Albert Brooks: Defending My Life

STREAMING REVIEW:

HBO/Max;
Documentary;
Not rated.
Featuring Albert Brooks, Rob Reiner, Jon Stewart, Sharon Stone, David Letterman, James L. Brooks, Brian Williams, Neil Degrasse Tyson, Sarah Silverman, Larry David, Cliff Einstein, Judd Apatow.

“Do you know what time it is?” my old man wauled, the force of his footsteps as he bounded towards the living room causing the shoulders of the dining room chairs to clack together.

It was coming up on 11 p.m., and the reason for Larry’s rude awakening was the fit of uncontrollable laughter that had suddenly overpowered me. “What’s so goddamn funny?” he demanded. “Albert Brooks,” I replied while pointing to the couch. “Sit down and watch.”

The comedian’s legendary “Danny and Dave” routine, in which the overconfident ventriloquist unashamedly moved his lips, was re-created in Looking for Comedy in the Muslim World, but does anyone remember Al and Buddy? Albert jury-rigged a face to the back of a Fisher Price Speak and Spell and a new ventriloquist act was born. Johnny Carson never stopped laughing. Neither did dad. A snippet from this singularly monumental father and son bonding moment and more can be found on HBO’s Albert Brooks: Defending My Life, now streaming on Max.

For director Rob Reiner, the task couldn’t have been simpler: a few days spent in Matteo’s Restaurant interviewing a lifelong friend in simple reverse angles. Reiner got to leave the restaurant to conduct interviews. Albert didn’t. For die-hards, there isn’t much new to uncover, although this is the first time I’ve heard Albert discuss his father’s passing. Harry Einstein, a comedian who went by the name “Parkyakarkus,” died famously in the middle of the Friars Club Roast of Lucille Ball and Desi Arnaz. Then there’s the subject of his birth name, Albert Einstein. The fourth son in the family reasoned it took his father so long to name a child Albert because he wanted to make sure that the theory of relativity wouldn’t be proven wrong. Brian Williams surmised his parents named him Albert because they wanted him to spend the rest of his life getting beaten up for his lunch money.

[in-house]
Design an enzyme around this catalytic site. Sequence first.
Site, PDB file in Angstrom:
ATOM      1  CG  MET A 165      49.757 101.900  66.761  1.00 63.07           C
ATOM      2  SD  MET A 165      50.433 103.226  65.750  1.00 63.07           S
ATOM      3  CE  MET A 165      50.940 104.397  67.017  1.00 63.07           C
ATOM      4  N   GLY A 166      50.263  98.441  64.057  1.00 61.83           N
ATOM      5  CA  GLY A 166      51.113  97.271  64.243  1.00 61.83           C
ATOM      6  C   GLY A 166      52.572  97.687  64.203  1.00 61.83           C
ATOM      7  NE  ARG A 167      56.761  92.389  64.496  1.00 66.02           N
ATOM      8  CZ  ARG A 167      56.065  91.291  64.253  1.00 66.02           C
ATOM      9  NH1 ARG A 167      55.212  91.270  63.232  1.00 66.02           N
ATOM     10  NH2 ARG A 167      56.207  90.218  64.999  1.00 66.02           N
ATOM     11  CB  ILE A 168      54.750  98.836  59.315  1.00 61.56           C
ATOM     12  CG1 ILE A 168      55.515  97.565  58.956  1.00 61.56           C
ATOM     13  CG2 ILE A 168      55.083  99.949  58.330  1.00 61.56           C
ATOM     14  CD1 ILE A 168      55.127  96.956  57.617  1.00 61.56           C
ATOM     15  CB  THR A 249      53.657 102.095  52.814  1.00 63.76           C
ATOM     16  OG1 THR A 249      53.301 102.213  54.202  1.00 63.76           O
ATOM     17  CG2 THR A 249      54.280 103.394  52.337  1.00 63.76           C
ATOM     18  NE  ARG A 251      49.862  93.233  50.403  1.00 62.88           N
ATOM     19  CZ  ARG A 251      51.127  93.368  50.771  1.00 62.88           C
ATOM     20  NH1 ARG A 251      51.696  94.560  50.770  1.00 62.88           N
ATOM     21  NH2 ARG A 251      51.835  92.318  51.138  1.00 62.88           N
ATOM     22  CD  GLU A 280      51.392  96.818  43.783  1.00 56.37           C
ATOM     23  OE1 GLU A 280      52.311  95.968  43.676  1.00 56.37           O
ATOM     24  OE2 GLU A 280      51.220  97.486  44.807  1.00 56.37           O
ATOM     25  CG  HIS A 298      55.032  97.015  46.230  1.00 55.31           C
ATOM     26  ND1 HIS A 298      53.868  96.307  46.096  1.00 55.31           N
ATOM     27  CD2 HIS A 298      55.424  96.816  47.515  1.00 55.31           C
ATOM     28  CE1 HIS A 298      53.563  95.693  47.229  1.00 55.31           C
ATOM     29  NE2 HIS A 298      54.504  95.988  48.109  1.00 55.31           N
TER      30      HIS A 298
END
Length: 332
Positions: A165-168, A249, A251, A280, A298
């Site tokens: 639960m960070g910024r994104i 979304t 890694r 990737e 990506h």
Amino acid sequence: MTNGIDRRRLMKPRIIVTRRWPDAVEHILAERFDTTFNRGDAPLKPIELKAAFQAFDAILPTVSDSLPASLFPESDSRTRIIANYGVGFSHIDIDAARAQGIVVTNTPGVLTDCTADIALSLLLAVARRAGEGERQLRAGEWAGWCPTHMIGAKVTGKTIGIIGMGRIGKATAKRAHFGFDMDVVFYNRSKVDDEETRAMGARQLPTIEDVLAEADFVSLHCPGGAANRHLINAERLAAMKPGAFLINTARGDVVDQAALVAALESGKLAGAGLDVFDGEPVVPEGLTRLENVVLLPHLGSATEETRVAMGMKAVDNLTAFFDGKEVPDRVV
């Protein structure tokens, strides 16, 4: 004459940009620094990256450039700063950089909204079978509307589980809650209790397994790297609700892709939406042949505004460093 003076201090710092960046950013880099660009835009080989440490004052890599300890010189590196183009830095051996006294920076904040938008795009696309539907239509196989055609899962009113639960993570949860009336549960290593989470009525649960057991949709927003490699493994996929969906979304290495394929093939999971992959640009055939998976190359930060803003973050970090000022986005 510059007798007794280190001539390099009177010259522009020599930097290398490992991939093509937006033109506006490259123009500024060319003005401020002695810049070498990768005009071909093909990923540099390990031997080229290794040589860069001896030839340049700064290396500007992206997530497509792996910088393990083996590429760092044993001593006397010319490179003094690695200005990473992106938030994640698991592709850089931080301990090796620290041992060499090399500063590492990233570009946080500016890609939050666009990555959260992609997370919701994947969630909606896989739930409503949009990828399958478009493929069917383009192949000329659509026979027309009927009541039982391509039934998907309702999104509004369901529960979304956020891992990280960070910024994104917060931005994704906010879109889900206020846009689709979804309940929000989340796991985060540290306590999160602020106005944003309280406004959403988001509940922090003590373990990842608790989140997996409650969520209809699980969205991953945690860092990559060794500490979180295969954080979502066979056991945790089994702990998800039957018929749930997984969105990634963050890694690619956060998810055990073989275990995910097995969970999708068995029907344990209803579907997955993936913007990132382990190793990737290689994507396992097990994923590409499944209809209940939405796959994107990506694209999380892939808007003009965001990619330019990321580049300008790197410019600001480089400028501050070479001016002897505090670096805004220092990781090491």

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I have spent the greater portion of my adult life defending the comic (and at times cosmic) genius of Albert Brooks. The reasons why most Americans shun spastic Jerry Lewis and gamy Howard Stern are fairly obvious: Detractors either dislike them or they despise them. Certainly Albert didn’t provoke the same spirit of disregard. From the start, he was branded an “acquired taste.” Didn’t they catch-on to his conceptual slant on “The Ed Sullivan Show”? What about “The Albert Brooks Famous School for Comedians,” the perpetually too-hip-for-the-room swipe at showbiz sycophancy that first aired on PBS’s “Great American Dream Machine.” I find it almost impossible to put into words the effect this eight-minute short had on me. Only a crazed original could have left such an indelible brand simply by spoofing artless industrial films. I was at that point in my upbringing where I was beginning to seriously question the merits of many of the fleeting showbiz funnymen whom I grew up blindly accepting as icons. Were Allen and Rossi really that funny? “Hello, Dere.” Okay, I chuckled the first few times. The same goes for Wayne and Shuster. I used to wait for those two Canadian cutups to appear on the Sullivan Show. The W.C. Fields Box Set Vol. 2 has a television “documentary” on the Lord of the Grampian Hills that’s hosted by W & S. I defy you to get through it.